Today’s Gospel reading is perhaps understood best in the context of the preceding chapters. John announces the Incarnation immediately, and then throughout his early chapters illustrates Jesus’ dual nature as both God and man. In John, Jesus announces that he is the Messiah, that he has come to save the world, and that we must be reborn of the spirit through him.
Since he is also Joseph the carpenter’s son and he breaks the Sabbath laws, his claim to be from God confuses most and threatens many. Jesus explains his dual nature with metaphorical language, as in the episode of the Samaritan woman at the well — his “I am the bread of life” statement and the “come and drink” invitation at the beginning of our passage.
Although many of his listeners are convinced, most understand only literal meanings of food and water. Explanations are thus futile, and forebodings of the Crucifixion are strong: Jesus’ “time is not yet come” (but will come), he will “go unto him that sent” him, and he is not taken seriously because “out of Galilee ariseth no prophet.” In these chapters we may see then an announcement of our redemption from the Fall despite our inability to comprehend and accept Jesus’ sacrifice.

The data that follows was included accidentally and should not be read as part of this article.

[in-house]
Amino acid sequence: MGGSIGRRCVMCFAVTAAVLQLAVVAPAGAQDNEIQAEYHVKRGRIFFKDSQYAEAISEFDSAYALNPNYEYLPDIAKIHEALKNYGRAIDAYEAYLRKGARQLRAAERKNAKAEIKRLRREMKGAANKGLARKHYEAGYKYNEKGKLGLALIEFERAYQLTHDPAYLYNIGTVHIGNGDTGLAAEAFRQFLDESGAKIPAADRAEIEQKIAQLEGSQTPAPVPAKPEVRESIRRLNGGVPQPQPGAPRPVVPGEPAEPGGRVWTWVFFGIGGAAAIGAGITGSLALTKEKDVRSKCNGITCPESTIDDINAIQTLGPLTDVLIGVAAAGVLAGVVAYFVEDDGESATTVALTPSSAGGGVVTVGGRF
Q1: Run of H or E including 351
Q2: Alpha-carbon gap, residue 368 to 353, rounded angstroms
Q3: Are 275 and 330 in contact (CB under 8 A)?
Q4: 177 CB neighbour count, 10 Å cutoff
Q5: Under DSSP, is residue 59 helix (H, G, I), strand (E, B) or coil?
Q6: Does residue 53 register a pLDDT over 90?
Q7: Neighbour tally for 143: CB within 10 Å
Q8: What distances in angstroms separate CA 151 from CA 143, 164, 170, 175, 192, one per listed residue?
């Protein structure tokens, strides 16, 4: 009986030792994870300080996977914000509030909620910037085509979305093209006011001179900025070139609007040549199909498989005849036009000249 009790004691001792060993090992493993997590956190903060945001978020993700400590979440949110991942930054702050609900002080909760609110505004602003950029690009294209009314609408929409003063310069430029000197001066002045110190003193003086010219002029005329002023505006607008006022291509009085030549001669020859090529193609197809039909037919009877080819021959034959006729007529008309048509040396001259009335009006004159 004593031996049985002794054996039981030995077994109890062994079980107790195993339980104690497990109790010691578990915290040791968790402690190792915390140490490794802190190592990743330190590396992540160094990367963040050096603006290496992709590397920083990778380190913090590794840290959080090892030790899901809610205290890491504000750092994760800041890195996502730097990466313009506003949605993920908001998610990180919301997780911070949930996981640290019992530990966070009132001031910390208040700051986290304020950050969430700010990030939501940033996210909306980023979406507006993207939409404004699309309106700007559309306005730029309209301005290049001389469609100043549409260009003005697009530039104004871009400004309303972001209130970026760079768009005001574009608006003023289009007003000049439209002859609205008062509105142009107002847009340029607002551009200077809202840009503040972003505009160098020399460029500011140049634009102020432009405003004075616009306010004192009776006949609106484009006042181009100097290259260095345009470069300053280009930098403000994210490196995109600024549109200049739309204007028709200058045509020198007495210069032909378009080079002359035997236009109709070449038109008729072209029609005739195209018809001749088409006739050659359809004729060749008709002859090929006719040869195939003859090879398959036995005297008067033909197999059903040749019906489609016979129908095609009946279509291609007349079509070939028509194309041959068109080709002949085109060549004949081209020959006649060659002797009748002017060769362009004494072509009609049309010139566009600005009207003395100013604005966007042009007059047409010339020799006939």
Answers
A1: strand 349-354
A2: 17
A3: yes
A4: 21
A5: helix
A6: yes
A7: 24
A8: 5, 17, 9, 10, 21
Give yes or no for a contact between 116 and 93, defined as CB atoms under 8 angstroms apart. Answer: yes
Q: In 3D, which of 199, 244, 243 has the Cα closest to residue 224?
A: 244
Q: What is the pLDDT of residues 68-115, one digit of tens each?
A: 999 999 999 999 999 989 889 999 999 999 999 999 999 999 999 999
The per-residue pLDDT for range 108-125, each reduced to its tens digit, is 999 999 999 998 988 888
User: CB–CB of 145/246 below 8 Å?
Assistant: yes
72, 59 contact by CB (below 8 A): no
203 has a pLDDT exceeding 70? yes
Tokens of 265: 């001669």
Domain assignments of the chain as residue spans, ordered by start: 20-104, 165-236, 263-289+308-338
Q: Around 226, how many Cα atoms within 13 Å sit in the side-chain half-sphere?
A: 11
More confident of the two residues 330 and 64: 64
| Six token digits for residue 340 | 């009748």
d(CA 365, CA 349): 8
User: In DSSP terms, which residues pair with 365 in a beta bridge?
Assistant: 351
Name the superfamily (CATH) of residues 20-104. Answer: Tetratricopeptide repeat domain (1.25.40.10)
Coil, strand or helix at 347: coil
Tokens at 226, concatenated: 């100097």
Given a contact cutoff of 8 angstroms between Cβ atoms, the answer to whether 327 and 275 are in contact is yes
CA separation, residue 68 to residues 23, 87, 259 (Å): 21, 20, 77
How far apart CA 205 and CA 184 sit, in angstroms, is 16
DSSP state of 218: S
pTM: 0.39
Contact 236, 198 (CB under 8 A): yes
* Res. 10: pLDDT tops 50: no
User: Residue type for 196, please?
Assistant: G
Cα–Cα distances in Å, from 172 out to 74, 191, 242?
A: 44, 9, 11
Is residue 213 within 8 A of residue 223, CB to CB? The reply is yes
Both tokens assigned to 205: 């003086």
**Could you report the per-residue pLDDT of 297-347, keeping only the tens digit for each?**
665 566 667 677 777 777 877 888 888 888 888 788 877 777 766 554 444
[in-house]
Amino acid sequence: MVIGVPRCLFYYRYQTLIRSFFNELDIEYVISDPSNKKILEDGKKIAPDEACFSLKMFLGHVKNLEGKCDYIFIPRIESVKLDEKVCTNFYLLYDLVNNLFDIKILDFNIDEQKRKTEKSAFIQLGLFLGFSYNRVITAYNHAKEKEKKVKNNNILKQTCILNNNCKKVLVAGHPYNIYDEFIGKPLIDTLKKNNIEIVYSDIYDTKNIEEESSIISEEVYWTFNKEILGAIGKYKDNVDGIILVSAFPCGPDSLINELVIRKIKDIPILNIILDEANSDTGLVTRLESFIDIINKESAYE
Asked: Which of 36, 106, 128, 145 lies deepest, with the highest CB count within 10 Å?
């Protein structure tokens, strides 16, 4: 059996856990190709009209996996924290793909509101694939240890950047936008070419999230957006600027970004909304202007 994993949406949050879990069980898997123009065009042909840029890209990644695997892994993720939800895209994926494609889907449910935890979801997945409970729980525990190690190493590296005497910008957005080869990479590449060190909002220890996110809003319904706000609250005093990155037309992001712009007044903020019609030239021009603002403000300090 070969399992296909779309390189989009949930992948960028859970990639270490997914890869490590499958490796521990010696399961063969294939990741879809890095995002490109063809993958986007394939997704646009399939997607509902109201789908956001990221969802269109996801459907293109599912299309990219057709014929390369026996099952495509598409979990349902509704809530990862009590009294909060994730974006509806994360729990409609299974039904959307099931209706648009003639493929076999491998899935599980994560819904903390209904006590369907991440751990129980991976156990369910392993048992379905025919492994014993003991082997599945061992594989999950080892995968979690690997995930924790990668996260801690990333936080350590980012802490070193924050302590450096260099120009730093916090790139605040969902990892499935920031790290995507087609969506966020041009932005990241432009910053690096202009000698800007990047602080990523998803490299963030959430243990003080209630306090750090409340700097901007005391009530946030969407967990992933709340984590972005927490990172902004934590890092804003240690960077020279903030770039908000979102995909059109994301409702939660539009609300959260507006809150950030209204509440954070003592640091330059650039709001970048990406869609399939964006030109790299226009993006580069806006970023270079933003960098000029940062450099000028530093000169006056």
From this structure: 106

God’s righteous anger against the wicked of the Old Testament passages is transformed into the loving sacrifice of God incarnate for a humankind unwilling or unable to understand his message.